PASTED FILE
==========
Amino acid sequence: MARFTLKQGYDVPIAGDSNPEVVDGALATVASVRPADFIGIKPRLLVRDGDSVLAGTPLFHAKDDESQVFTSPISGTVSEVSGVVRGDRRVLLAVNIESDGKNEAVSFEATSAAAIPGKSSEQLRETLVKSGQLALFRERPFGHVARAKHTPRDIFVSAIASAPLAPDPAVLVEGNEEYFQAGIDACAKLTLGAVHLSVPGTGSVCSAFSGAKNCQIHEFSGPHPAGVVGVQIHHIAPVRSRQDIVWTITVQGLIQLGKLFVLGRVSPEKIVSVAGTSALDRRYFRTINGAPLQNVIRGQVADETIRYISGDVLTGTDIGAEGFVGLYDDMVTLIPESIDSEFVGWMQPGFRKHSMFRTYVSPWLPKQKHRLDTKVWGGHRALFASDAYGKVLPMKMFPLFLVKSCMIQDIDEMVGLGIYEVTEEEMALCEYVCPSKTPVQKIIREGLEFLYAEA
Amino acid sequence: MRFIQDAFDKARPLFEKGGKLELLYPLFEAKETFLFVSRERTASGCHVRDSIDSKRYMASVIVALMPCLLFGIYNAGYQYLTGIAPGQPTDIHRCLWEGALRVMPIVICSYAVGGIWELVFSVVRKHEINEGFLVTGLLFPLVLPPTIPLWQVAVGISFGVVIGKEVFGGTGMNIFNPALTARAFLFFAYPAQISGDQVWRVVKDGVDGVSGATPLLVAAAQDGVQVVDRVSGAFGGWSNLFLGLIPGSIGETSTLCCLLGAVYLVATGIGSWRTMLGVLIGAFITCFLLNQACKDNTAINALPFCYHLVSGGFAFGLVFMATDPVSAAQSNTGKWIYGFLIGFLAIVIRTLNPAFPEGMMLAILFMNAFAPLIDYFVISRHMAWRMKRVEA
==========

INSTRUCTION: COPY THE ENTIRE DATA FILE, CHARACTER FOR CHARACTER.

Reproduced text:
Amino acid sequence: MARFTLKQGYDVPIAGDSNPEVVDGALATVASVRPADFIGIKPRLLVRDGDSVLAGTPLFHAKDDESQVFTSPISGTVSEVSGVVRGDRRVLLAVNIESDGKNEAVSFEATSAAAIPGKSSEQLRETLVKSGQLALFRERPFGHVARAKHTPRDIFVSAIASAPLAPDPAVLVEGNEEYFQAGIDACAKLTLGAVHLSVPGTGSVCSAFSGAKNCQIHEFSGPHPAGVVGVQIHHIAPVRSRQDIVWTITVQGLIQLGKLFVLGRVSPEKIVSVAGTSALDRRYFRTINGAPLQNVIRGQVADETIRYISGDVLTGTDIGAEGFVGLYDDMVTLIPESIDSEFVGWMQPGFRKHSMFRTYVSPWLPKQKHRLDTKVWGGHRALFASDAYGKVLPMKMFPLFLVKSCMIQDIDEMVGLGIYEVTEEEMALCEYVCPSKTPVQKIIREGLEFLYAEA
Amino acid sequence: MRFIQDAFDKARPLFEKGGKLELLYPLFEAKETFLFVSRERTASGCHVRDSIDSKRYMASVIVALMPCLLFGIYNAGYQYLTGIAPGQPTDIHRCLWEGALRVMPIVICSYAVGGIWELVFSVVRKHEINEGFLVTGLLFPLVLPPTIPLWQVAVGISFGVVIGKEVFGGTGMNIFNPALTARAFLFFAYPAQISGDQVWRVVKDGVDGVSGATPLLVAAAQDGVQVVDRVSGAFGGWSNLFLGLIPGSIGETSTLCCLLGAVYLVATGIGSWRTMLGVLIGAFITCFLLNQACKDNTAINALPFCYHLVSGGFAFGLVFMATDPVSAAQSNTGKWIYGFLIGFLAIVIRTLNPAFPEGMMLAILFMNAFAPLIDYFVISRHMAWRMKRVEA